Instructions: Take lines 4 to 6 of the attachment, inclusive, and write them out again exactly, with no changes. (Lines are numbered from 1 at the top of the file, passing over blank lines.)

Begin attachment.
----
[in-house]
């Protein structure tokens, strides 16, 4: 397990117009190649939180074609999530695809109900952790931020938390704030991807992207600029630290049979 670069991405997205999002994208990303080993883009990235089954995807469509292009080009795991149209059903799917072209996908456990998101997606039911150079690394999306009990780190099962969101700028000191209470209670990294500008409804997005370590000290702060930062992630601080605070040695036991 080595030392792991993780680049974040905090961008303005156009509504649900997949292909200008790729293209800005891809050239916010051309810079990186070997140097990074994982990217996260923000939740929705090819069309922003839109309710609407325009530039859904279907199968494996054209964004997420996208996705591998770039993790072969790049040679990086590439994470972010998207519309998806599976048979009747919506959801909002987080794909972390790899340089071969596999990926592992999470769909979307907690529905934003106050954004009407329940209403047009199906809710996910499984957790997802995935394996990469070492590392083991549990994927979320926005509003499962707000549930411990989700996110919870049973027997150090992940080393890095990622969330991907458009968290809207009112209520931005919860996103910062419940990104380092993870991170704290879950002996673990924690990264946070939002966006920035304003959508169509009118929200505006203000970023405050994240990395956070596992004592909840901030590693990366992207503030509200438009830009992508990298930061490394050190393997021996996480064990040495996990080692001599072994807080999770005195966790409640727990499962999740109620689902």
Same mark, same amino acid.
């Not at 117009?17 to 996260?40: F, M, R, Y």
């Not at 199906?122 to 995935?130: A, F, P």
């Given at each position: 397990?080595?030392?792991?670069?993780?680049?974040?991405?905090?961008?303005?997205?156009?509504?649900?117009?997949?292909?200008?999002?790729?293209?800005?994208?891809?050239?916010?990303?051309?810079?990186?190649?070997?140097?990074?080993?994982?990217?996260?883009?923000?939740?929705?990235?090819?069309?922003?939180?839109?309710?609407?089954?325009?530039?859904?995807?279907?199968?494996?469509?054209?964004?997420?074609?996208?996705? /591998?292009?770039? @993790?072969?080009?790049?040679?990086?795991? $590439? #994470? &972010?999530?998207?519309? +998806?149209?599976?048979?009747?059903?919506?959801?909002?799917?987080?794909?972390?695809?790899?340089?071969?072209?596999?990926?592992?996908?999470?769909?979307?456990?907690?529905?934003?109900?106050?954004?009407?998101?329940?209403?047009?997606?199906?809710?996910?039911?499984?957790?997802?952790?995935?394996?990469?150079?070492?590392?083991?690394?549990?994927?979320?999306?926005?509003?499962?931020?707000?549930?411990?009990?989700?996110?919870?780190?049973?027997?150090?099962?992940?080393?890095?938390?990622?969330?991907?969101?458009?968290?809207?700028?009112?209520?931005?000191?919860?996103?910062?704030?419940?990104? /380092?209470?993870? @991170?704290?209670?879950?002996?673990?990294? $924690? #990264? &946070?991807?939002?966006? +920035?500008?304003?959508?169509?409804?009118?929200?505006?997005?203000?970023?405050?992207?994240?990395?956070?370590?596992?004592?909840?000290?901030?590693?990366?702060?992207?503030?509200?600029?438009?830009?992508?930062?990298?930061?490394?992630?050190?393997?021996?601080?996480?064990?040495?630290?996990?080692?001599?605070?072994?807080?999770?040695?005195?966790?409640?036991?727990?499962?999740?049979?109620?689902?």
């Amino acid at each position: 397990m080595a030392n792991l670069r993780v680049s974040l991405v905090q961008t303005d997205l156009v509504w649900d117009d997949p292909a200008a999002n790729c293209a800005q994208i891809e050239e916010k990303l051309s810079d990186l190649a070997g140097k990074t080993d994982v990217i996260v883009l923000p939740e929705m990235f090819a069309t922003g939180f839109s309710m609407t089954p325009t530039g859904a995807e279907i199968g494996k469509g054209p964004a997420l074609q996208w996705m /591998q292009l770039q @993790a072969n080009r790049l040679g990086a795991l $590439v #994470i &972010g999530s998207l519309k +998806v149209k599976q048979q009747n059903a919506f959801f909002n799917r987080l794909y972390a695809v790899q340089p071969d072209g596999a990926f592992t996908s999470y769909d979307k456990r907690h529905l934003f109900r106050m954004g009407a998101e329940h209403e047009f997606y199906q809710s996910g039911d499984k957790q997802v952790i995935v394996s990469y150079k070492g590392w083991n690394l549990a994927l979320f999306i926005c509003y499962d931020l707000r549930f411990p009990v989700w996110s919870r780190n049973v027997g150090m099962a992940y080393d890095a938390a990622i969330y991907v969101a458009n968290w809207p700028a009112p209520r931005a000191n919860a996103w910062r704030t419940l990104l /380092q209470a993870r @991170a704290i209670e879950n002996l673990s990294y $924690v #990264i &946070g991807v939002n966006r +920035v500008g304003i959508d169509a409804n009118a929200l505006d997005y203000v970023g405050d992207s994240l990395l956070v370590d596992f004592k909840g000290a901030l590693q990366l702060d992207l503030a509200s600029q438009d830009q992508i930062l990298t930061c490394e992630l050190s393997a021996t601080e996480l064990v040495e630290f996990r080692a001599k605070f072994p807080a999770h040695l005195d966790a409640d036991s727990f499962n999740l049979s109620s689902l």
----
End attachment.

């Not at 117009?17 to 996260?40: F, M, R, Y």
């Not at 199906?122 to 995935?130: A, F, P």
């Given at each position: 397990?080595?030392?792991?670069?993780?680049?974040?991405?905090?961008?303005?997205?156009?509504?649900?117009?997949?292909?200008?999002?790729?293209?800005?994208?891809?050239?916010?990303?051309?810079?990186?190649?070997?140097?990074?080993?994982?990217?996260?883009?923000?939740?929705?990235?090819?069309?922003?939180?839109?309710?609407?089954?325009?530039?859904?995807?279907?199968?494996?469509?054209?964004?997420?074609?996208?996705? /591998?292009?770039? @993790?072969?080009?790049?040679?990086?795991? $590439? #994470? &972010?999530?998207?519309? +998806?149209?599976?048979?009747?059903?919506?959801?909002?799917?987080?794909?972390?695809?790899?340089?071969?072209?596999?990926?592992?996908?999470?769909?979307?456990?907690?529905?934003?109900?106050?954004?009407?998101?329940?209403?047009?997606?199906?809710?996910?039911?499984?957790?997802?952790?995935?394996?990469?150079?070492?590392?083991?690394?549990?994927?979320?999306?926005?509003?499962?931020?707000?549930?411990?009990?989700?996110?919870?780190?049973?027997?150090?099962?992940?080393?890095?938390?990622?969330?991907?969101?458009?968290?809207?700028?009112?209520?931005?000191?919860?996103?910062?704030?419940?990104? /380092?209470?993870? @991170?704290?209670?879950?002996?673990?990294? $924690? #990264? &946070?991807?939002?966006? +920035?500008?304003?959508?169509?409804?009118?929200?505006?997005?203000?970023?405050?992207?994240?990395?956070?370590?596992?004592?909840?000290?901030?590693?990366?702060?992207?503030?509200?600029?438009?830009?992508?930062?990298?930061?490394?992630?050190?393997?021996?601080?996480?064990?040495?630290?996990?080692?001599?605070?072994?807080?999770?040695?005195?966790?409640?036991?727990?499962?999740?049979?109620?689902?």